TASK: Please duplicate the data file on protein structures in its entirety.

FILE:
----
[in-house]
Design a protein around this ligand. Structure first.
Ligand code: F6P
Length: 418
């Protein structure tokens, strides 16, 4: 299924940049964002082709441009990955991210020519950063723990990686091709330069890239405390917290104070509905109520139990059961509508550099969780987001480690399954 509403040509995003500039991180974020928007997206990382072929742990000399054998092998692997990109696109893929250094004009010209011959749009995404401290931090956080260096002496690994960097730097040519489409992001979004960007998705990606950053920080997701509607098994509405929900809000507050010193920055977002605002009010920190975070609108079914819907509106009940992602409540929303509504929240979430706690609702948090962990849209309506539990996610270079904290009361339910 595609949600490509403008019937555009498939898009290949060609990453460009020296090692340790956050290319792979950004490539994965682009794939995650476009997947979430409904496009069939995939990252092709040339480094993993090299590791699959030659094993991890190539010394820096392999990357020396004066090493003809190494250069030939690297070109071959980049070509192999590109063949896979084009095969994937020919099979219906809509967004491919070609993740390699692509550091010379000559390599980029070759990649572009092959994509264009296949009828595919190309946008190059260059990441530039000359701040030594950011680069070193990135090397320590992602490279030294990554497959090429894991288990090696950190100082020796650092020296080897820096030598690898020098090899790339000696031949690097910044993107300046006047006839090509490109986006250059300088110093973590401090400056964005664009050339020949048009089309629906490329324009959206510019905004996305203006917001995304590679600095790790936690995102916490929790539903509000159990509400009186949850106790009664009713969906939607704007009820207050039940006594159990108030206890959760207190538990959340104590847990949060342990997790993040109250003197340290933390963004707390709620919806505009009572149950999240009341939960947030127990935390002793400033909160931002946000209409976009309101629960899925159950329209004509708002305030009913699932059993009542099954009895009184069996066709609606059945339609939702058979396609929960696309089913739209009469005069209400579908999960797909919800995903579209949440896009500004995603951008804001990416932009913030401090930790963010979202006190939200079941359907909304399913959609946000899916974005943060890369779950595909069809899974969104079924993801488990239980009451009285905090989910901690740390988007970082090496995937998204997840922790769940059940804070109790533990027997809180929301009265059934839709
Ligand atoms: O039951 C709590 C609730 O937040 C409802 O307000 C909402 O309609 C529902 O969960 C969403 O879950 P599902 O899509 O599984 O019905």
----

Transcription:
[in-house]
Design a protein around this ligand. Structure first.
Ligand code: F6P
Length: 418
């Protein structure tokens, strides 16, 4: 299924940049964002082709441009990955991210020519950063723990990686091709330069890239405390917290104070509905109520139990059961509508550099969780987001480690399954 509403040509995003500039991180974020928007997206990382072929742990000399054998092998692997990109696109893929250094004009010209011959749009995404401290931090956080260096002496690994960097730097040519489409992001979004960007998705990606950053920080997701509607098994509405929900809000507050010193920055977002605002009010920190975070609108079914819907509106009940992602409540929303509504929240979430706690609702948090962990849209309506539990996610270079904290009361339910 595609949600490509403008019937555009498939898009290949060609990453460009020296090692340790956050290319792979950004490539994965682009794939995650476009997947979430409904496009069939995939990252092709040339480094993993090299590791699959030659094993991890190539010394820096392999990357020396004066090493003809190494250069030939690297070109071959980049070509192999590109063949896979084009095969994937020919099979219906809509967004491919070609993740390699692509550091010379000559390599980029070759990649572009092959994509264009296949009828595919190309946008190059260059990441530039000359701040030594950011680069070193990135090397320590992602490279030294990554497959090429894991288990090696950190100082020796650092020296080897820096030598690898020098090899790339000696031949690097910044993107300046006047006839090509490109986006250059300088110093973590401090400056964005664009050339020949048009089309629906490329324009959206510019905004996305203006917001995304590679600095790790936690995102916490929790539903509000159990509400009186949850106790009664009713969906939607704007009820207050039940006594159990108030206890959760207190538990959340104590847990949060342990997790993040109250003197340290933390963004707390709620919806505009009572149950999240009341939960947030127990935390002793400033909160931002946000209409976009309101629960899925159950329209004509708002305030009913699932059993009542099954009895009184069996066709609606059945339609939702058979396609929960696309089913739209009469005069209400579908999960797909919800995903579209949440896009500004995603951008804001990416932009913030401090930790963010979202006190939200079941359907909304399913959609946000899916974005943060890369779950595909069809899974969104079924993801488990239980009451009285905090989910901690740390988007970082090496995937998204997840922790769940059940804070109790533990027997809180929301009265059934839709
Ligand atoms: O039951 C709590 C609730 O937040 C409802 O307000 C909402 O309609 C529902 O969960 C969403 O879950 P599902 O899509 O599984 O019905």